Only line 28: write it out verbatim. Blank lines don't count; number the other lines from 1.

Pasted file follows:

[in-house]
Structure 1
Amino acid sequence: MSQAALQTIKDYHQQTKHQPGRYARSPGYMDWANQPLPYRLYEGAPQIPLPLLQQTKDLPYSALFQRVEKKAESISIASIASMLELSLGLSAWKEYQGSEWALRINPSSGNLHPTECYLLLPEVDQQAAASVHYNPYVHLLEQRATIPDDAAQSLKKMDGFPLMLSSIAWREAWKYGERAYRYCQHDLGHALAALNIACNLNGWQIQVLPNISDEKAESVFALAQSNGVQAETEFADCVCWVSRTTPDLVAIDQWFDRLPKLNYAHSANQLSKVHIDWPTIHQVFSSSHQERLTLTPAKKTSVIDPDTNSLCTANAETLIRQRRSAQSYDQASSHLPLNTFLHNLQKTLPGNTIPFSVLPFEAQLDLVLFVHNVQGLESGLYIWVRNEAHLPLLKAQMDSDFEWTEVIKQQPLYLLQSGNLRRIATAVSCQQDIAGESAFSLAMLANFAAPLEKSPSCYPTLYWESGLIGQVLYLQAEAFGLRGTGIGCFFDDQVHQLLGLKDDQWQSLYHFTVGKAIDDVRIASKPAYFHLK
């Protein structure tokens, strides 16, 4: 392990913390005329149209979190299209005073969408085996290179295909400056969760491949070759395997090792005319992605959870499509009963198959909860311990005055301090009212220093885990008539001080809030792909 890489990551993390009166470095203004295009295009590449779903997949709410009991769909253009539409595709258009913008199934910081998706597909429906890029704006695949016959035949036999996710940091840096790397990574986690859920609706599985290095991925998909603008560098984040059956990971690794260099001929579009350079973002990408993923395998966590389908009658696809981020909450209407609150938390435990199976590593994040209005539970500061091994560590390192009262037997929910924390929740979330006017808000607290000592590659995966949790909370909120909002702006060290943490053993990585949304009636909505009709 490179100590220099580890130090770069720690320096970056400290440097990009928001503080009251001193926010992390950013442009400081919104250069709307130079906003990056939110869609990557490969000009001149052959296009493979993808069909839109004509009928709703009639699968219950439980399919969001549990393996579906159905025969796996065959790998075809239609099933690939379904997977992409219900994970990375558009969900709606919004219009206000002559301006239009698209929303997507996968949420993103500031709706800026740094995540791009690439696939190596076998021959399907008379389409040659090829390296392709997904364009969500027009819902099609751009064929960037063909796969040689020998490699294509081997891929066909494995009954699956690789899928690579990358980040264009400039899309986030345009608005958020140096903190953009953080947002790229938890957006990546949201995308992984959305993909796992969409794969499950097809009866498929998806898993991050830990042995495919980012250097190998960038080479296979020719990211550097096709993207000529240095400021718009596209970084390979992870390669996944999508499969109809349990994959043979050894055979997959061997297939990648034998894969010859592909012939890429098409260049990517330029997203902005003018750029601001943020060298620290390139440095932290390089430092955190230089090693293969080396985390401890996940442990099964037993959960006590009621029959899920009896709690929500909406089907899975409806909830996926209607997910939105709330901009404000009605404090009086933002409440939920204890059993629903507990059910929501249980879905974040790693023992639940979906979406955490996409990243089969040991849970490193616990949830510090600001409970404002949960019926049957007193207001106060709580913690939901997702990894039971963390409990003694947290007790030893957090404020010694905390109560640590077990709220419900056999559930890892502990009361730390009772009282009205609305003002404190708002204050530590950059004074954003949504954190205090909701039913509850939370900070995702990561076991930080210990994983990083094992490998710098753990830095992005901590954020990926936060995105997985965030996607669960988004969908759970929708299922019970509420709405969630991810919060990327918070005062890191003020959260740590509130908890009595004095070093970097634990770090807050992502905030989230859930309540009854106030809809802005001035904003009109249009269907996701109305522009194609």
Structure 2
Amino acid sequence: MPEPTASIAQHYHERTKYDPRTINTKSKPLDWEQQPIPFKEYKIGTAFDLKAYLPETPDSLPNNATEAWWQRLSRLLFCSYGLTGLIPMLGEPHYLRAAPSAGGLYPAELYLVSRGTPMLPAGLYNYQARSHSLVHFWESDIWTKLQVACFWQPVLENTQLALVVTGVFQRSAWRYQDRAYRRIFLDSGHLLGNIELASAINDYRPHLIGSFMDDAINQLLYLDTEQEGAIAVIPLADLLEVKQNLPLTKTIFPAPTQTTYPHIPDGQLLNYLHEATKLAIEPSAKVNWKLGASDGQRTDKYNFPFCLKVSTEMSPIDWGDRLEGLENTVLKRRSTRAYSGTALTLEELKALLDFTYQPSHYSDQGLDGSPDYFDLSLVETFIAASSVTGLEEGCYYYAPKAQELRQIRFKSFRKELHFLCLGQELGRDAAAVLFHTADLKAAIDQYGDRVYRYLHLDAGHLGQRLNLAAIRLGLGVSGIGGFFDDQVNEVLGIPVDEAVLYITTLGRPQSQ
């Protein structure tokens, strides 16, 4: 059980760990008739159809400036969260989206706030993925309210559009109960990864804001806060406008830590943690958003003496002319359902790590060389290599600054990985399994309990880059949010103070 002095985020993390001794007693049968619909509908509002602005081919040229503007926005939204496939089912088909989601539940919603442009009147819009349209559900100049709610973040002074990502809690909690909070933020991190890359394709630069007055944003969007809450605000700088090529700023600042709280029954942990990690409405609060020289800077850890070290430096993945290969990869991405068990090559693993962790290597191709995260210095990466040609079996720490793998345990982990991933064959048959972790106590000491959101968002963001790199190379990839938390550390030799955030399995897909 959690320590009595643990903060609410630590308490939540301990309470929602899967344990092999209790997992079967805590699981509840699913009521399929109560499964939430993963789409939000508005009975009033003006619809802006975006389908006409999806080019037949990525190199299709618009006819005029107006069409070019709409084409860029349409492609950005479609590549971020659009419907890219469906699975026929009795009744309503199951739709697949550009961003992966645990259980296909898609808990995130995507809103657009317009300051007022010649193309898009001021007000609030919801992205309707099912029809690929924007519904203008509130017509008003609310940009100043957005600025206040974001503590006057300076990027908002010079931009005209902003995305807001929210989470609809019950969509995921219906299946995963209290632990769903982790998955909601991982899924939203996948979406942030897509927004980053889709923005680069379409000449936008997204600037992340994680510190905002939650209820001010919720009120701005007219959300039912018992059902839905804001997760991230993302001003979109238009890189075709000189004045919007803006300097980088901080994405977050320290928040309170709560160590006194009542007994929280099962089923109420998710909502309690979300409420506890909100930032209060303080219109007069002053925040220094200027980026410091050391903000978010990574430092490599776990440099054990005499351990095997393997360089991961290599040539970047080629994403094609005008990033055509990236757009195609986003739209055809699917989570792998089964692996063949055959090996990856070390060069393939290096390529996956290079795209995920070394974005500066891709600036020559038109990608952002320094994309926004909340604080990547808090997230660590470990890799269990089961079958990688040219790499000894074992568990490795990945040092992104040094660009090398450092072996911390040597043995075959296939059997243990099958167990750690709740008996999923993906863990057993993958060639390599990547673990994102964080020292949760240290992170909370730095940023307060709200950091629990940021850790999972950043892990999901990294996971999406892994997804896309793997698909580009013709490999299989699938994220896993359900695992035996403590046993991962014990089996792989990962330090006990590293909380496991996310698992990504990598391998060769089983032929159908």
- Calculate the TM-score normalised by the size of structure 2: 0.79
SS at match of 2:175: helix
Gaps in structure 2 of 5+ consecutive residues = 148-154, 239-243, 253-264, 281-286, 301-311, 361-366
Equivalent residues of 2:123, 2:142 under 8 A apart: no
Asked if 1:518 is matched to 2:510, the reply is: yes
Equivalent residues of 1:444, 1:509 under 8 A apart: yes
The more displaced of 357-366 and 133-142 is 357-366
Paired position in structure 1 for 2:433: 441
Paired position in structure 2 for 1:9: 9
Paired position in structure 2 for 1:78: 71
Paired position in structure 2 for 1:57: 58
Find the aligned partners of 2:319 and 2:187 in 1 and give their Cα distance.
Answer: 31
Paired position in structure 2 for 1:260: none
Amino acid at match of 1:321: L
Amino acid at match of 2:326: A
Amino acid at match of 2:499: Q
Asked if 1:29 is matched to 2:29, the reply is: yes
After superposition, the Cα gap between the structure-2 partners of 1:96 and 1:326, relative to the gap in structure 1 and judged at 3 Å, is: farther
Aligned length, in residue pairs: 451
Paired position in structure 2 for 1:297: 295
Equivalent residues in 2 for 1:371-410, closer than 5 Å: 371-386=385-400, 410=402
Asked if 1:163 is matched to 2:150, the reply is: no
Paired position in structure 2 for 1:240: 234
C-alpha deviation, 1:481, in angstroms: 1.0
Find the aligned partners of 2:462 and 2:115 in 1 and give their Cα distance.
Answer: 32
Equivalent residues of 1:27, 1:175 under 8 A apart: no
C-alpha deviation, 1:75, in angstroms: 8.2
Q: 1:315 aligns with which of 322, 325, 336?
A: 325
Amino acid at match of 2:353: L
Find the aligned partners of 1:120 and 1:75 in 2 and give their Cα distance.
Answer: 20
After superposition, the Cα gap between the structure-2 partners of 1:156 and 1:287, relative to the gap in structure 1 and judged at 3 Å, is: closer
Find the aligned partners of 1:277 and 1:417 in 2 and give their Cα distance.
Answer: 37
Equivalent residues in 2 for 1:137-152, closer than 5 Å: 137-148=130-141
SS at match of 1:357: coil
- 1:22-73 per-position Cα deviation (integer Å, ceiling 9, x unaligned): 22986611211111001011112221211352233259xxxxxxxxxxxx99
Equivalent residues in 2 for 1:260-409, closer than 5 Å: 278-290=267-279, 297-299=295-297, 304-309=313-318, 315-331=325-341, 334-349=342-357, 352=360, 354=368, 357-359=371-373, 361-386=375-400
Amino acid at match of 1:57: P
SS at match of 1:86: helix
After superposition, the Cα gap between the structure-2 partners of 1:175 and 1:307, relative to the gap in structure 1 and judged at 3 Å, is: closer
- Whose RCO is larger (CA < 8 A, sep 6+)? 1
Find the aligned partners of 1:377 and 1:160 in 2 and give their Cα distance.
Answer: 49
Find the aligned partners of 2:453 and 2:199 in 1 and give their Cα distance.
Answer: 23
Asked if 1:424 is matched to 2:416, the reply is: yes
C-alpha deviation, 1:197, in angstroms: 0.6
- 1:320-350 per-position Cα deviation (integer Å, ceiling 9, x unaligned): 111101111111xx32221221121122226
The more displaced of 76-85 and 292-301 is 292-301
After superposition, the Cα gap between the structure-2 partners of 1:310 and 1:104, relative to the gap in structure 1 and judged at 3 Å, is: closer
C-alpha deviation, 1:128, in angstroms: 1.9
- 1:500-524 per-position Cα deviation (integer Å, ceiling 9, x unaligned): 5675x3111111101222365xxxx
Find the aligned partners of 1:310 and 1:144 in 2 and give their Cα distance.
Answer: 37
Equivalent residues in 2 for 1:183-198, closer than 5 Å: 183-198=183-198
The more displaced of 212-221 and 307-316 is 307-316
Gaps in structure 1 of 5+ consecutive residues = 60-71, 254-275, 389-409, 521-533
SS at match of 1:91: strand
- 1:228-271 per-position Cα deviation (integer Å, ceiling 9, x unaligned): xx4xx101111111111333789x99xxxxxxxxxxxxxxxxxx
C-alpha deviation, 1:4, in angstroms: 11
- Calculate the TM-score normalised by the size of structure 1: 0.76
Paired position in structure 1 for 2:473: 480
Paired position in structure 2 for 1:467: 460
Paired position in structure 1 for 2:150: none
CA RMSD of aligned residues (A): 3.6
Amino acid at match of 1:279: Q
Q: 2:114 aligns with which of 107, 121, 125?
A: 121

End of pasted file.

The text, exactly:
Paired position in structure 2 for 1:297: 295